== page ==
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Do You Think A Franchise May Be Better
Despite what some people may think, franchising is not the instant route to a successful business. It certainly has the potential to be, and statistics indicate that buying a franchise may be less risky than investing in your own startup, but much must be investigated before signing on the dotted line.
The investigation process starts with an assessment of your personal and financial capabilities, and your suitability to the business. The degree of experience with a product or service and the level of management experience are important considerations. Furthermore, will the business satisfy your income, security, liquidity and growth preferences?
Once you have assessed yourself, you then have to assess the franchisor with the objective of determining its experience, reputation and capabilities, and its strengths and weaknesses.
There are many different types of franchises available, and often many in a market niche, it is useful to create a "screen" through which to sift a prospective investment. If the franchisor passes through the screen, then serious investigation and negotiations can proceed.
Screening information may be obtained from the following sources:
-the franchise package or website
-a visit to facilities
-bankers, accountants, lawyers and other experienced advisors
-trade shows and industry conferences
-franchise magazines and annuals
-chamber of commerce or board of trade
The following are some of the more common things you should be considering when investigating a franchisor. You may have further issues, depending on the particular facts at hand. All issues should to be addressed with the objective of determining the franchisor's reputation, experience and capabilities, and its strengths and weaknesses.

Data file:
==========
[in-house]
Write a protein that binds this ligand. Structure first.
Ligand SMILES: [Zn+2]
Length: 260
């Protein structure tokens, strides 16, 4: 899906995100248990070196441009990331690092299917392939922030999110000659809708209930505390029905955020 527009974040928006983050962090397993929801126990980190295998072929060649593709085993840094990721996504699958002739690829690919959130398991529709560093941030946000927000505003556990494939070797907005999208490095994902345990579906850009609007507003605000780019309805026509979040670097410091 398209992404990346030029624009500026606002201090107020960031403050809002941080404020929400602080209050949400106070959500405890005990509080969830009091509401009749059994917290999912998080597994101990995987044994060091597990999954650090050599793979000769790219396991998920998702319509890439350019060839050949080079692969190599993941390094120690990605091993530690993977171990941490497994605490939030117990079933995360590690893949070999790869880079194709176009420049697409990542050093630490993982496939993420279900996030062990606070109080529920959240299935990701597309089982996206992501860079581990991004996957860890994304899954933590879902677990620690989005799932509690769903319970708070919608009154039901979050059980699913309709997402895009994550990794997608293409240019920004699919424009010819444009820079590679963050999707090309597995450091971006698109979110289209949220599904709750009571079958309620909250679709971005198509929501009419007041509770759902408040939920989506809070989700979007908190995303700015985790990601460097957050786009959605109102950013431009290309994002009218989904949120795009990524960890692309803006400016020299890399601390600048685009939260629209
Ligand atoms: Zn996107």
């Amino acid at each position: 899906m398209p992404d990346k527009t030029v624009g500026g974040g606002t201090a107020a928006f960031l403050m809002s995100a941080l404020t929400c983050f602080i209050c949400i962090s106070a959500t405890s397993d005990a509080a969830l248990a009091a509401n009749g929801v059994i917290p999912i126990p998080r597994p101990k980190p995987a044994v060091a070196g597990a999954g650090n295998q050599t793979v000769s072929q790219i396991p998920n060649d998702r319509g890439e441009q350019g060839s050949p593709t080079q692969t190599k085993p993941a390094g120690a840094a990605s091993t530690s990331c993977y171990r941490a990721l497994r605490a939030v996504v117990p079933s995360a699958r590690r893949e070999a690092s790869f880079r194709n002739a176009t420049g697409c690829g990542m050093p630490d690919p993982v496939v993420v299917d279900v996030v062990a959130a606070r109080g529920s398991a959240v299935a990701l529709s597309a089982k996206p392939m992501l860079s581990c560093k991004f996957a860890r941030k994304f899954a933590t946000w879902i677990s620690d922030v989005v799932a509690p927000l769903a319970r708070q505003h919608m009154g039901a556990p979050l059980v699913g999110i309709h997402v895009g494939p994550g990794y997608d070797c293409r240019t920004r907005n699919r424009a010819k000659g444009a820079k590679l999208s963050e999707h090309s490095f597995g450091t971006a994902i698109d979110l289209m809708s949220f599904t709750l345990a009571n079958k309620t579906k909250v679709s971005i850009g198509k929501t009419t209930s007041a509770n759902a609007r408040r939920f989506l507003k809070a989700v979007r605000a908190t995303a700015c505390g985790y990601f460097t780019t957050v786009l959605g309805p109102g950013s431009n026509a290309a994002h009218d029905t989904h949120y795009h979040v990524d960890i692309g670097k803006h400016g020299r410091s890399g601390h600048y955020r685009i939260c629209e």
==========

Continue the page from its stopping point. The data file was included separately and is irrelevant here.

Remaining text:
-history and reputation of the business
-degree of experience with the business
-directors, their history, experience and reputation
-key personnel, their experience, qualifications and capabilities
-financial strength of the franchise system
-head office organization and key positions
-how the franchisor make its money
-training programs and programs to help franchisees
-relations with franchisees, suppliers, bankers and advisors
-competition and franchisor's competitive edge
-number of operating locations
-company owned stores and reasons held
-performance of and special privileges to corporate stores
-stage of franchise system development
-growth and expansion plans and their funding
-rate of failure and reasons therefore
-pending lawsuits and current material events
Finally, a thorough understanding of the franchise package is required. This includes acquiring a sophisticated understanding of the product or service and the proposed location, as well as the legal rights and obligations of both franchisee and franchisor. In other words, what exactly is being purchased by the franchisee?
In summary, although franchising can have many advantages, potential franchisees must perform a rigorous assessment so they know exactly why they can succeed with a particular franchise. By investigating the franchisor using the type of framework shown, you can efficiently screen prospective franchisors to leave only those that fit your pre-set parameters.
It is important to note that there are many more issues that must be addressed and no one should commit to any transaction before consulting experienced professional advisors. Using lawyers, accountants, and bankers who all have experience in franchising, and even better, the particular franchise you are considering, will ensure substantially all your interests are considered.
© 2015 John B Voorpostel CPA, CA, CMB
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